While I am retired, Ken is not. When the afternoon rolls around and he comes home, we move to the backyard to take in the sunset which is usually spectacular. Just as the light is diminishing, we see bats fly around in their random fashion. It turns out I should have been teaching my science students an additional word along with diurnal and nocturnalcrepuscular. There are animals (bats for example) that come out during dusk and dawn. Crepuscular can also refer to anything related to twilight and dim light. We often see crepuscular rays as we watch the sky turn from yellow to orange to pink, and as we rack our brains trying to name each nuanced color. As much as I love words and as many as I know, sometimes I can’t find the one I want, but I keep trying. I guess that’s the poet in me or maybe the logophilia.

Cacophony and Euphony—the Ebony and Ivory of Sound

“You can say anything you want, yessir, but it’s the words that sing, they soar and descend . . .I bow to them . . l love them, I cling to them, I run them down, I bite into them, I melt them down . . . . . I love words so much . . . . . The unexpected ones . . . . . The ones I wait for greedily or stalk until, suddenly, they drop . . . . . Vowels I love . . . . . They glitter like colored stones, they leap like silver fish, they are foam, thread, metal, dew . . . . . I run after certain words. . . They are so beautiful that I want to fit them all into my poem . . . . . I catch them in mid-flight, as they buzz past, I trap them, clean them, peel them, I set myself in front of the dish, they have a crystalline texture to me, vibrant, ivory, vegetable, oily, like fruit, like algae, like agates, like olives . . . . . And then I stir them, I shake them, I drink them, I gulp them down, I mash them, I garnish them, I let them go . . . . . I leave them in my poem like stalactites, like slivers of polished wood, like coals, pickings from a shipwreck, gifts from the waves . . . . . Everything exists in the word . . . . .” –Pablo Neruda

“I love writing. I love the swirl and swing of words as they tangle with human emotions.” – James A. Michener

As this is a blog/fanzine dedicated to the love of words, it shouldn’t surprise anyone that those quotes figure prominently in my work area. I used to post the Neruda quote in my classroom to encourage my students to develop a love of words like his, like mine.

I suspect you have a favorite word or two. Or maybe you’ve picked up a word or phrase that is now part of your speech pattern. Like, you know, and I mean are all too common, but I’m not sure people love those words as much as they rely on them. Seems like the last few trips we took, the wait staff used the word perfect for everything. “I’ll have a rum and Coke, please.” “Perfect.” Years ago, I worked with a guy who was the technology teacher and he used the word plethora—a lot. (ha ha) Ken has words he loves, but it isn’t easy to use defenestrate or sesquipedalian in your everyday conversation…unless you are Ken.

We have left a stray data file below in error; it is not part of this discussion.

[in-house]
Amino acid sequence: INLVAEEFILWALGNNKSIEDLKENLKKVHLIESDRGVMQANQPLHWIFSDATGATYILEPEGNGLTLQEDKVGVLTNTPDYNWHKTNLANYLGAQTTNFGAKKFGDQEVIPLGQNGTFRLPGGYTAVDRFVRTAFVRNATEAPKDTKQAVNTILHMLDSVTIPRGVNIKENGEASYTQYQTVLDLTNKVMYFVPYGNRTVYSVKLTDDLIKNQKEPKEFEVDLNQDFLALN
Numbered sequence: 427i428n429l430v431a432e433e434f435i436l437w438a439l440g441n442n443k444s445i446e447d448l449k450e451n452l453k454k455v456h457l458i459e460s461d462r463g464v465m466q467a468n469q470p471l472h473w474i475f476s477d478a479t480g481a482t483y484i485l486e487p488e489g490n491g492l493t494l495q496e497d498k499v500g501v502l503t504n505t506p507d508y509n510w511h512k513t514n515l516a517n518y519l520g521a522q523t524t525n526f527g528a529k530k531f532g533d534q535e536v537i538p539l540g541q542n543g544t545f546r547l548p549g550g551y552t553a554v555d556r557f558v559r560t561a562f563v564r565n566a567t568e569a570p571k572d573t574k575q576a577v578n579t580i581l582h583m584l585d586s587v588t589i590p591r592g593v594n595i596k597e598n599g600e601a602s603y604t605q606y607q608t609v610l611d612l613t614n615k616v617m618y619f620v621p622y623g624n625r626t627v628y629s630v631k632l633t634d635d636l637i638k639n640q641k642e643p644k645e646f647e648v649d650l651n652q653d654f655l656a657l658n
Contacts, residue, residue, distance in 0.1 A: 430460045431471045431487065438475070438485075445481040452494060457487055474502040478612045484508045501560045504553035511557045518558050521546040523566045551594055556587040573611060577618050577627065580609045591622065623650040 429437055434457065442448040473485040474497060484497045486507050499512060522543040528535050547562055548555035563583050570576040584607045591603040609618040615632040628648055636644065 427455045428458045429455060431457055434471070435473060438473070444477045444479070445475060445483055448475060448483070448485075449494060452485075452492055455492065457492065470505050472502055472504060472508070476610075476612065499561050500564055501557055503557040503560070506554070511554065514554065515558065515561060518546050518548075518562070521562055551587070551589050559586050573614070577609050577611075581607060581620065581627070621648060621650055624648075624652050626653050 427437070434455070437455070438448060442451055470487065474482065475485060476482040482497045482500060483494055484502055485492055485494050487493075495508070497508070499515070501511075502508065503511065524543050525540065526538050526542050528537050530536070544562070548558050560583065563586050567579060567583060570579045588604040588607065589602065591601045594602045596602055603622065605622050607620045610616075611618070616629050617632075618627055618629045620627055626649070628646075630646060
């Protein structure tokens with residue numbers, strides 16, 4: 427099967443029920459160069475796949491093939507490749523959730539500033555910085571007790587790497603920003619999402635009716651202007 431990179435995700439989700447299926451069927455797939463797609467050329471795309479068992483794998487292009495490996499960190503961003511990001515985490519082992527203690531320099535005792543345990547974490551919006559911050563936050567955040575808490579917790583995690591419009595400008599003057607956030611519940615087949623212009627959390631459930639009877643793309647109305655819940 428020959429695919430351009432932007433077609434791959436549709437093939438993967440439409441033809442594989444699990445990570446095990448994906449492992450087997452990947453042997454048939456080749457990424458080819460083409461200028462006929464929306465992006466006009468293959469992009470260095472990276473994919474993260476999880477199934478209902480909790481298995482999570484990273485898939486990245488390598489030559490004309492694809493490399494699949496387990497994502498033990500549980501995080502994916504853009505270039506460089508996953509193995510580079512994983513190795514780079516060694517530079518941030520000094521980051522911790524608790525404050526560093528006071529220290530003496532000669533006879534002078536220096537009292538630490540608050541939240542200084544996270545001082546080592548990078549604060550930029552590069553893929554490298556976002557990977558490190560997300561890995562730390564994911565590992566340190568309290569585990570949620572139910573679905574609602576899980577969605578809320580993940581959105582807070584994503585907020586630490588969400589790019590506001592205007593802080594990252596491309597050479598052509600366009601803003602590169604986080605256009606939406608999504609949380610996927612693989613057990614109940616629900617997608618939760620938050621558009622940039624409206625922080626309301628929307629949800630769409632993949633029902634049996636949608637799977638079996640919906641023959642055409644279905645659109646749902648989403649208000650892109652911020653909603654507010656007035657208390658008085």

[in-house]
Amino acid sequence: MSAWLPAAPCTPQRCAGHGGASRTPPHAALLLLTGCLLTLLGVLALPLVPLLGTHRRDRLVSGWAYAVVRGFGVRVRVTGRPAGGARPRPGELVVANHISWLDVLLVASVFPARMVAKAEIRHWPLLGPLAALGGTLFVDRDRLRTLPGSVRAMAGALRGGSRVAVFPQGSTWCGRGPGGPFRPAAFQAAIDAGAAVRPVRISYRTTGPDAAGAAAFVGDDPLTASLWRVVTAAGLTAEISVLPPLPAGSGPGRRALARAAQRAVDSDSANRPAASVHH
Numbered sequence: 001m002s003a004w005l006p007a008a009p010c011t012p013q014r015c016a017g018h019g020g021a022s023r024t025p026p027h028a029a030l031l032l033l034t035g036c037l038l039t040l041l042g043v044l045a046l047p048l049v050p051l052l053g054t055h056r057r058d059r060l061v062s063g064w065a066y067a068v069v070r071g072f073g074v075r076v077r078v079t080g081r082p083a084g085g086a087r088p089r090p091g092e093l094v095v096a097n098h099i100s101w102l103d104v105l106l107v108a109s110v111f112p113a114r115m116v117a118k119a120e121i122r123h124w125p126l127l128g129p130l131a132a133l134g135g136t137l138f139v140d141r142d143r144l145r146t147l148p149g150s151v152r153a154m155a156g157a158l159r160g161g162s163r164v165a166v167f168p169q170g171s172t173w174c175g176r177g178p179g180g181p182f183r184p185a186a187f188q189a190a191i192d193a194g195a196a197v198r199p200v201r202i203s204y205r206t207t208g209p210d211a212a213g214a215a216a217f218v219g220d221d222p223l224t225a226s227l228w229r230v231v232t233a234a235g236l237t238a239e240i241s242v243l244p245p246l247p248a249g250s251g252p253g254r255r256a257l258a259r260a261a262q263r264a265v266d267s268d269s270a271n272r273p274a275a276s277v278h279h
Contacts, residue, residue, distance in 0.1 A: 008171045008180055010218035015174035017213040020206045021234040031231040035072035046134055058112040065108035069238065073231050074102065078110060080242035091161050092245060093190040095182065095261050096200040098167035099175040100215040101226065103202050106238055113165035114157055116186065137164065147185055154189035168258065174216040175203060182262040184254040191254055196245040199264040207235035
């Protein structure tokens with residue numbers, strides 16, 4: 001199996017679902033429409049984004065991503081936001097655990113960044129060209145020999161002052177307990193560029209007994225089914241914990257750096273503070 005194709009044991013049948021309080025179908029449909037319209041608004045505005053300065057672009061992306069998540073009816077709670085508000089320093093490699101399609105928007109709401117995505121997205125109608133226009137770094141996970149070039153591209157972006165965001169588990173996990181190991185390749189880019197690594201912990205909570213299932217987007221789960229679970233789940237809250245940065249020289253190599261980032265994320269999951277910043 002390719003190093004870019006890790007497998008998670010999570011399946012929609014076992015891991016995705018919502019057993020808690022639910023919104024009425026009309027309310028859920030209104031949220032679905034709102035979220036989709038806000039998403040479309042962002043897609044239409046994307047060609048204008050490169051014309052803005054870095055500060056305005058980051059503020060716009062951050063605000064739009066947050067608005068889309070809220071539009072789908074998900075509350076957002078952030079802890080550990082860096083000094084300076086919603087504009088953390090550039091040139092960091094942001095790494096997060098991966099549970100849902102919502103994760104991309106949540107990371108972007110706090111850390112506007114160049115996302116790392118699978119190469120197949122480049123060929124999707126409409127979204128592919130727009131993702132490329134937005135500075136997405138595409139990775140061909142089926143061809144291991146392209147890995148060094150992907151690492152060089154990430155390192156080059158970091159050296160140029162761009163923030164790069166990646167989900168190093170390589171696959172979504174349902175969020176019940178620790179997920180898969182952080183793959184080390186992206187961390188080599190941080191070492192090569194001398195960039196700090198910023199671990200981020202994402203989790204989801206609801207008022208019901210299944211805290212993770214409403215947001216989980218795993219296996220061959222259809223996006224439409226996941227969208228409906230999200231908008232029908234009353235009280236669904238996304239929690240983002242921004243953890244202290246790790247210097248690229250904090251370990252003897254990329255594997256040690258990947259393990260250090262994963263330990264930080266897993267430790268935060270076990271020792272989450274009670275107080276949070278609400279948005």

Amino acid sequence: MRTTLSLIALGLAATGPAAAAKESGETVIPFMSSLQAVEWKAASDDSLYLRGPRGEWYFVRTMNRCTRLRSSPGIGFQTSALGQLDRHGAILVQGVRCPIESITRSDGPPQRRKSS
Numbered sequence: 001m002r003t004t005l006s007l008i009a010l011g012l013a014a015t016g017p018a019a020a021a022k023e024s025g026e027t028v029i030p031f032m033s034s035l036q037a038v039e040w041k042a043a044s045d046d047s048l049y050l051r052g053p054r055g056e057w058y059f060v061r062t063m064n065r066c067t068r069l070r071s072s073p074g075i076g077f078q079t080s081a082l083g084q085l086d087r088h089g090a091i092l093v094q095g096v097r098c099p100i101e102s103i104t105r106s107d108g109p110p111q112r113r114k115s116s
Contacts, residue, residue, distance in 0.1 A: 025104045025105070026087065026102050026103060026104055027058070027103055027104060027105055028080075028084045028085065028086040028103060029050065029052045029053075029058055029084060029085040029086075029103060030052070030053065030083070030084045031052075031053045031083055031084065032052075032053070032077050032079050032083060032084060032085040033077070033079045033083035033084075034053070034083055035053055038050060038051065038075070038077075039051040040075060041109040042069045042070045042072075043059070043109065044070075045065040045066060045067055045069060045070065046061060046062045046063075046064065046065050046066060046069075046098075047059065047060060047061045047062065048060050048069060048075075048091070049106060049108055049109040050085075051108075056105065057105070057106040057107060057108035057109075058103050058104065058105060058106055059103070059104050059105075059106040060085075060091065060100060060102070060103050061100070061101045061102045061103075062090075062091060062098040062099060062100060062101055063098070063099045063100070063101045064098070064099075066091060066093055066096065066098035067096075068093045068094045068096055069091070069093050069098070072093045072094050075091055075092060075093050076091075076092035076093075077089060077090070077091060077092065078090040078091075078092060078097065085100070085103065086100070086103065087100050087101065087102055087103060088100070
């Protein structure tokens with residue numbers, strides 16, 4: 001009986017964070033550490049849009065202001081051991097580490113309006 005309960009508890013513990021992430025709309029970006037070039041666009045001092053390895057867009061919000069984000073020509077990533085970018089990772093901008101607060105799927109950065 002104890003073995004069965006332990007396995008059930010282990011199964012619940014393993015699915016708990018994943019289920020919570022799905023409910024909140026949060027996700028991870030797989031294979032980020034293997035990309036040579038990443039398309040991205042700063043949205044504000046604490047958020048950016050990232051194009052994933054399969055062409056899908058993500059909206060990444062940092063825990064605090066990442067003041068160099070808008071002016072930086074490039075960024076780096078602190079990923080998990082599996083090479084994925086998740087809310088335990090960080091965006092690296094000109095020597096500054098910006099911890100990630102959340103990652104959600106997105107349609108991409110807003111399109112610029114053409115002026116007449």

For about five years, I loved saying certain words. It’s hard to explain the satisfaction they gave me. Hearing them and making my tongue form them gave me a little jolt of some brain chemical. My students were very understanding and got a kick out of their teacher’s need to say Afghanistan and spaghetti—not necessarily in the same sentence. I guess that hard g sound just wanted to come out of my mouth. I don’t work those two words into examples or any sort of conversation now, but the sound and mouthfeel of words still thrill me.

For example, I like saying the word pergola. I want Ken to build us a simple one. I look forward to hanging rope lights and various macramé hangers from it. But what I really look forward to is saying: “Meet me in the pergola, won’t you?” or “Let’s entertain our guests in the pergola, shall we?” or “Let’s have our arugula (another hard g word I like saying) salad under the pergola, honey.” Again, the hard g makes itself heard.

The use of hard consonants is called cacophony. According to, “Cacophony is the use of a combination of words with loud, harsh sounds—in reality as well as literature.” The opposite is euphony which is defined on the same site as “…the use of sweet, melodious sounds for a delicious, beautiful experience of sound in poetry and prose alike.” Just reading those definitions, makes me wonder why I like the cacophonic words more than the euphonic ones. I am a no conflict kind of person, yet, it is the hard g I go to time and again. (Notice g in go and again.)

When it comes to using sound in prose and poetry, there are many effects you can achieve simply by selecting soft sounds versus hard ones. If you want your line to slide into the following one, you may want words that contain ls. If you want to show disgust or anger or abruptness, go for the ts, ds, ks, and the hard gs. Those letters work if you want to move the reader through the lines quickly, too. The softer sounding letters slow us down. (Did you catch my use of alliteration there? I love it as well.) Perhaps you want your reader to linger on your lines, lavishing in their lushness? I think you get my drift here. The intentional use of soft and hard letters makes a poem more complex without seeming like it is. When you read it, you get the emotion, you get the additional meaning, just from how it sounds.

From the site are these two examples:

“Beware the Jabberwock, my son!

The jaws that bite, the claws that catch!

Beware the Jubjub bird, and shun

The frumious Bandersnatch!”

“The lovely lilies shade me as I stroll through the soft and dewy flower beds.”

Can you tell which is cacophony and which is euphony? I bet you can.

Once the pergola is built and we’ve had it awhile, I may need to find a new special word and a new project. Hmmm…perhaps a frog pond.